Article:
On Friday (03/15/19), Dominion and Connecticut governor Lamont announced a settlement on a contract that would allow Millstone to stay open. The contract is for ten years and 9 TWh per year (over half of the plant’s output). Pricing was not disclosed but according to the company it is above the current forward curve (recall that CT’s first proposal was approximately market pricing for the first 3 years). The outcome means modestly higher earnings but still within D’s current guidance. More importantly it de-risks over half of Millstone’s output.
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On Monday (2/25/2019) the Fourth Circuit Court of Appeals denied an en banc hearing for the court's previous rejection of Atlantic Coast Pipeline's Forest Service permit. The court did not give a rationale for the denial. Dominion will now need to pursue other avenues to resolve the legality of crossing the Appalachian Trail, and this will almost certainly delay the schedule further. Moreover, the denial remains a specter for Mountain Valley Pipeline and ETRN/NEE, which will ultimately need clarity on this matter as well for its completion.
We hosted our annual investor meeting with the Moody’s team to get their latest credit views on the utilities, power and midstream sectors. For utilities, things have quieted down (ex California) as tax reform impacts have largely played out as expected. FFO/D metrics have dropped 150-200bps on average due to lost deferred tax cash flows and currently sit in the 15-16% area and likely stay there. Companies have taken actions to support their metrics (lot of equity) and have better visibility on regulatory treatment of tax reform. So 2019 is about executing on plans, hitting metrics and sticking to balanced funding plans (ie more equity). Moody’s still has a negative outlook on the sector but will likely go back to stable with good 2019 execution.
After market close, ISO-NE released the results of the June 2022 – May 2023 capacity auction. The system cleared at $3.80/kW-month with no regional premiums. This was down vs. $4.63 last year and represented the fourth consecutive decline in year-over-year capacity prices. The result was at the lower-end of our range of expectations ($3.75-4.75). We expected a YoY decline given the FERC fuel security order allowing EXC’s Mystic units to bid as price-takers and the lower dynamic de-list bid threshold ($4.30 from $5.50). The continued additions of renewables and EE/DR also likely contributed. As a result, we see YoY declines in New England capacity revenues in 2022 for our entire coverage list. The impact is not really meaningful however – representing at most 1% of each company’s total EBITDA. Attention now shifts to the much more important PJM auction that is still awaiting FERC action on subsidized resources and now seems at risk of even further delays beyond August.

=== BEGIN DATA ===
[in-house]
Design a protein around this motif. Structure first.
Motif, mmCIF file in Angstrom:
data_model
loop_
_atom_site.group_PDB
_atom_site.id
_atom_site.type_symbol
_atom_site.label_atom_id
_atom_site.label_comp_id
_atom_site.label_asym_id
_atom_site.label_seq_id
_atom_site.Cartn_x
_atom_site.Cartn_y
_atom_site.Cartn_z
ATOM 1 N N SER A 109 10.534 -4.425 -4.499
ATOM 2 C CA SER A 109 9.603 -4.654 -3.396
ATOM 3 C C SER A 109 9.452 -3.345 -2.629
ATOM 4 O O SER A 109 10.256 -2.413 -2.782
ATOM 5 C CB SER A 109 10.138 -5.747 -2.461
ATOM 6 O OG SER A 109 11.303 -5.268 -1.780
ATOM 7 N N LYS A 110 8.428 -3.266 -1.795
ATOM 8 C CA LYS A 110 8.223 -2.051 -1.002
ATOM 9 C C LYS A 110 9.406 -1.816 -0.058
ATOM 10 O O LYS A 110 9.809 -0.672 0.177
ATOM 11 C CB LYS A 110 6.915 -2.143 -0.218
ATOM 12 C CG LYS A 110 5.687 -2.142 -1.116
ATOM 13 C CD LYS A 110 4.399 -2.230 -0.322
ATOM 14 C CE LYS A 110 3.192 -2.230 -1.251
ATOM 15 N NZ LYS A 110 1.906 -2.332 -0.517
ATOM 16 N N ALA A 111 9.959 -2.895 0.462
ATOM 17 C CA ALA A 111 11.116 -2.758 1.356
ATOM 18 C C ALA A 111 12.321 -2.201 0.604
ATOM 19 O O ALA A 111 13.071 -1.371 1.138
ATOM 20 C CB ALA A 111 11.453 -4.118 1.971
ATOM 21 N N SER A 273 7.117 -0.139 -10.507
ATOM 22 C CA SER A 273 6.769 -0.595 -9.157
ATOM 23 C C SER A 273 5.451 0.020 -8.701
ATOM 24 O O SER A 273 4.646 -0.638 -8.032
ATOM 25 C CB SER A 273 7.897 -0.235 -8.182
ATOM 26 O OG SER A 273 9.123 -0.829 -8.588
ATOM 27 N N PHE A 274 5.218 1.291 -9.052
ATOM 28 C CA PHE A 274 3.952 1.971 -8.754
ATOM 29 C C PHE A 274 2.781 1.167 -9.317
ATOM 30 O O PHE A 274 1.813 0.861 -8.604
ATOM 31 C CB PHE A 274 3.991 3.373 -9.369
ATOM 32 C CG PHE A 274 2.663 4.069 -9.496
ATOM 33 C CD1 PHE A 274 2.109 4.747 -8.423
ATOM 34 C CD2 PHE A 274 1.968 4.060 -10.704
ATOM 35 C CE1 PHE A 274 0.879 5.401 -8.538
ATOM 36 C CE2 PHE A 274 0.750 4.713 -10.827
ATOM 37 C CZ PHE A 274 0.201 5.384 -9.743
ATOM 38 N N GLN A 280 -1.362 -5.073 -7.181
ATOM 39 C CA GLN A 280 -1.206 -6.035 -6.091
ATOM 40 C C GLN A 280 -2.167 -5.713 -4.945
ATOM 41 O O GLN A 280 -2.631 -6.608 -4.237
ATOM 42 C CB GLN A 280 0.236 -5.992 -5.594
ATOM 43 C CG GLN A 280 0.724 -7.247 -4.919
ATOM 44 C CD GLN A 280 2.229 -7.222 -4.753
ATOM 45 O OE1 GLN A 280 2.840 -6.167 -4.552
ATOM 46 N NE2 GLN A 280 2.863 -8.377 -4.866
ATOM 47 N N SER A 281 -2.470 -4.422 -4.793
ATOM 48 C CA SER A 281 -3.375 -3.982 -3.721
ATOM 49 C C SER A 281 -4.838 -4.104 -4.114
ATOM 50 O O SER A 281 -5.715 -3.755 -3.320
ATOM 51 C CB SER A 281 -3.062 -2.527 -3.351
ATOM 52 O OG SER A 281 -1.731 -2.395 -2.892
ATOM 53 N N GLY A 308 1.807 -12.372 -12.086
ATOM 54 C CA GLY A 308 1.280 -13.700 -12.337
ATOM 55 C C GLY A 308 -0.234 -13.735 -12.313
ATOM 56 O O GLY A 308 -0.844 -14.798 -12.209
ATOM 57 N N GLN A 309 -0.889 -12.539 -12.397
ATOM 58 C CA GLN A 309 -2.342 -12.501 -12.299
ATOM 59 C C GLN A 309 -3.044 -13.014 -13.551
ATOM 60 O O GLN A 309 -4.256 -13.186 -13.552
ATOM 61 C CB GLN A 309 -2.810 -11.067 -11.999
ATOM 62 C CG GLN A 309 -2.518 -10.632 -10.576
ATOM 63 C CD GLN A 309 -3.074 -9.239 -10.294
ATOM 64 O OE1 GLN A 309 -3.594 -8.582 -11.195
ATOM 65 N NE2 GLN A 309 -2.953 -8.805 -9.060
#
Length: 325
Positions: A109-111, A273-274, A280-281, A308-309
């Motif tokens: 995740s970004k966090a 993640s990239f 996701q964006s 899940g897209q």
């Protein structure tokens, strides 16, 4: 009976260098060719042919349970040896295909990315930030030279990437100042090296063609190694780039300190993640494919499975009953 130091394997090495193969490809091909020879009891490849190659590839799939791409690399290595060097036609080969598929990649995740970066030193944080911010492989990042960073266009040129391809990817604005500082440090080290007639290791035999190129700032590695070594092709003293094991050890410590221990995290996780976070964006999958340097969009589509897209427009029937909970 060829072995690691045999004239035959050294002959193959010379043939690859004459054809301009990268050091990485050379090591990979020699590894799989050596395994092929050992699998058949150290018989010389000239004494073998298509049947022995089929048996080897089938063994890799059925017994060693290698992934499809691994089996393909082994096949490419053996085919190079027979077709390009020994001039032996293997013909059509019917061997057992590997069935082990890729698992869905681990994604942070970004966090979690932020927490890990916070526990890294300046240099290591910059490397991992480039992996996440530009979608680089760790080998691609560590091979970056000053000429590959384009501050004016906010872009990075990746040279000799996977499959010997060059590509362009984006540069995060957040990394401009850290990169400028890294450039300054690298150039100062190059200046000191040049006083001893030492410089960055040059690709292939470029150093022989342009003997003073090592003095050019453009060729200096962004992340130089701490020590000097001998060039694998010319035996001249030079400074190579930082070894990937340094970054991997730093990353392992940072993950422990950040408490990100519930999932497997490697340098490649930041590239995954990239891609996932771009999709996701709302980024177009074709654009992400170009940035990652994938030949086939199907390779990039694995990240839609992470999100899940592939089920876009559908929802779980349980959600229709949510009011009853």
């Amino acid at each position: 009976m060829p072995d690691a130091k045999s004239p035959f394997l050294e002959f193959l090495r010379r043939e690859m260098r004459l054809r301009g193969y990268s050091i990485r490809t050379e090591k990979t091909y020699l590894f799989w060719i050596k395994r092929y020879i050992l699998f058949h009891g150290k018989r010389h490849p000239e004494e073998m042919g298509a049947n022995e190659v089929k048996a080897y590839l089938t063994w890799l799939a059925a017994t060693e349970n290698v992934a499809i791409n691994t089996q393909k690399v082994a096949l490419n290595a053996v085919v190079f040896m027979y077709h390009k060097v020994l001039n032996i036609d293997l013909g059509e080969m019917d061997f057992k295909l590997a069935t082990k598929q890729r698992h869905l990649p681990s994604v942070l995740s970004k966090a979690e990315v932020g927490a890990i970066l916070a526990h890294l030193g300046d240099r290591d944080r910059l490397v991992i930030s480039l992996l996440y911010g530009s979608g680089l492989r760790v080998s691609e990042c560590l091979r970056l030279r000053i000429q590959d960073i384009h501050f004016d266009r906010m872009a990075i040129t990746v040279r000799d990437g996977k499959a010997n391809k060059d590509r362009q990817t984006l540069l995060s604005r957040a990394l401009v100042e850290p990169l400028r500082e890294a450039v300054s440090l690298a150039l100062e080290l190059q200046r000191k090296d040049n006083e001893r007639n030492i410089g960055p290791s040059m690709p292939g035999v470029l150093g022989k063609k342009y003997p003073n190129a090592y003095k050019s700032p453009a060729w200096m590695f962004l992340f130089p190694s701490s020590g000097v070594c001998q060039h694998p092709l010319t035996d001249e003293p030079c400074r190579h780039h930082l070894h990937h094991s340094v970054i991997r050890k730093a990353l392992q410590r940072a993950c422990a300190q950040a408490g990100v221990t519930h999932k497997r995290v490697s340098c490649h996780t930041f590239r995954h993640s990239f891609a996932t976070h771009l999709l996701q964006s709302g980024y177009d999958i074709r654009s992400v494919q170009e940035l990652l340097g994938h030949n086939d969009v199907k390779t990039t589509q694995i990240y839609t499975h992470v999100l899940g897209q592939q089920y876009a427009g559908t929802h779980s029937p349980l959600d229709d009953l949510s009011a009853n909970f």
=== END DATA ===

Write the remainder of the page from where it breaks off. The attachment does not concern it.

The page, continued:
On its YE2018 earnings call Dominion introduced 2019 EPS guidance of $4.05-$4.40, the midpoint about in line with consensus, ahead of our $4.16E and better than many investors feared. There were a couple hitches on the call – another cost increase and delay at Atlantic Coast Pipeline and the disclosure of planned convertibles in 2019 (though we are OK with this). Overall we see the stock trading at a discount to the group, and while it looks a little cheap this is understandable given the ACP project overhang. Peer Perform.
PCG’s threat and subsequent filing of bankruptcy kept utility investors very occupied in January. Even if investors did not own PCG itself they had to deal with knock-on effects on other CA utilities like EIX and on the renewables suppliers NEE, NEP, CWEN, ED, etc. These names dominated the worst performers of the month and were part of the reason why utilities only rose 3.4% in January trailing the market rally by 450bps.
Dominion points to lower half of 6%-8% EPS CAGR even with SCANA. During the trading day on Thursday (01/10/19) Dominion released an updated investor slide deck. In the slides the company indicated that recent headwinds have pushed EPS growth to the lower half of their 6%-8% range through 2020 off a $3.65/sh 2017 base. This would imply 2020 EPS of about $4.40 assuming a CAGR of 6.5%, below consensus of $4.48; our current 2020E is $4.39. This was disappointing relative to expectations that were biased higher given the accretion from the recently closed SCG acquisition and the stock underperformed the UTY by 1.8% on the day.
Can utilities keep the defensive rally going? We’re skeptical. Utilities beat the market by 1500bps in Q4 2018 and outperformed 670bps for the year. This may continue near term given a host of negative macro signals, but these big defensive utility moves have historically been good times to take profits in the group.
Utilities eked out a small 0.5% gain for 2018 on the heels of a massive Q4 rally as the market turned decidedly defensive ending the year down 6.2%. Utilities 670bps outperformance came despite a lot of headwinds on the group including higher interest rates (10-yr up 23bps), lack of tax reform benefits, over $15B of equity issuance, and the CA fires impact. Investors were looking for any place to hide and utilities fit the bill especially given their lack of exposure to tariffs and recession fears. Utilities came in second among income sectors for the year trailing only Pharma which was up 5.2%. Interestingly, all other income sectors underperformed the market in 2018 (see Exhibit 1). We remain cautious on utilities going into 2019 given their heavy dependence on a negative macro call and very high relative valuations (20% adjusted P/E premium vs the historic avg of 3%). In our view, buying defensive sectors at historically large premiums is not defensive.
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